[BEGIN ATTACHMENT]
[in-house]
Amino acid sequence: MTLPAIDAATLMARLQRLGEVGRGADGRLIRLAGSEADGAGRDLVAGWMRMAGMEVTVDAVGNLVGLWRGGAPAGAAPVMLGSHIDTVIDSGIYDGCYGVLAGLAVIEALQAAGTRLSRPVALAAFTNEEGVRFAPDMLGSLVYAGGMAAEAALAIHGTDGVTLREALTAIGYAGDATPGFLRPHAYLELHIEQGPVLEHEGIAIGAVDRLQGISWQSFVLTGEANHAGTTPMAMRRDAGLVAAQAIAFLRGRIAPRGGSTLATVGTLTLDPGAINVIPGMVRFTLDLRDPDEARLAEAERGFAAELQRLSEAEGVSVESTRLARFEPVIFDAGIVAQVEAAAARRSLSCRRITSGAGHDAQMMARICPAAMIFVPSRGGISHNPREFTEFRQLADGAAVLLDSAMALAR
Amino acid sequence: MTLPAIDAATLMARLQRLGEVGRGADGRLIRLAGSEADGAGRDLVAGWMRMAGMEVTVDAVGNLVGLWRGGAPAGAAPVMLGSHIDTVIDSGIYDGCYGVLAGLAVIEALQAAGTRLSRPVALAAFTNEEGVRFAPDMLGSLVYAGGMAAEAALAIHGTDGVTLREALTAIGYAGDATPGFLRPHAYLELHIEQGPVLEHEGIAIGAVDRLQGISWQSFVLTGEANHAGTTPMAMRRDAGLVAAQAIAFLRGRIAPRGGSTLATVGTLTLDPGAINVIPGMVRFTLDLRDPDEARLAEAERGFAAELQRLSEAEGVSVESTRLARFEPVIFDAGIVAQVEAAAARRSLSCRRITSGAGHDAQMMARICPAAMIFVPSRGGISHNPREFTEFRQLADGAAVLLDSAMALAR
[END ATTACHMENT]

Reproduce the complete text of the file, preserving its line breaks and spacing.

[in-house]
Amino acid sequence: MTLPAIDAATLMARLQRLGEVGRGADGRLIRLAGSEADGAGRDLVAGWMRMAGMEVTVDAVGNLVGLWRGGAPAGAAPVMLGSHIDTVIDSGIYDGCYGVLAGLAVIEALQAAGTRLSRPVALAAFTNEEGVRFAPDMLGSLVYAGGMAAEAALAIHGTDGVTLREALTAIGYAGDATPGFLRPHAYLELHIEQGPVLEHEGIAIGAVDRLQGISWQSFVLTGEANHAGTTPMAMRRDAGLVAAQAIAFLRGRIAPRGGSTLATVGTLTLDPGAINVIPGMVRFTLDLRDPDEARLAEAERGFAAELQRLSEAEGVSVESTRLARFEPVIFDAGIVAQVEAAAARRSLSCRRITSGAGHDAQMMARICPAAMIFVPSRGGISHNPREFTEFRQLADGAAVLLDSAMALAR
Amino acid sequence: MTLPAIDAATLMARLQRLGEVGRGADGRLIRLAGSEADGAGRDLVAGWMRMAGMEVTVDAVGNLVGLWRGGAPAGAAPVMLGSHIDTVIDSGIYDGCYGVLAGLAVIEALQAAGTRLSRPVALAAFTNEEGVRFAPDMLGSLVYAGGMAAEAALAIHGTDGVTLREALTAIGYAGDATPGFLRPHAYLELHIEQGPVLEHEGIAIGAVDRLQGISWQSFVLTGEANHAGTTPMAMRRDAGLVAAQAIAFLRGRIAPRGGSTLATVGTLTLDPGAINVIPGMVRFTLDLRDPDEARLAEAERGFAAELQRLSEAEGVSVESTRLARFEPVIFDAGIVAQVEAAAARRSLSCRRITSGAGHDAQMMARICPAAMIFVPSRGGISHNPREFTEFRQLADGAAVLLDSAMALAR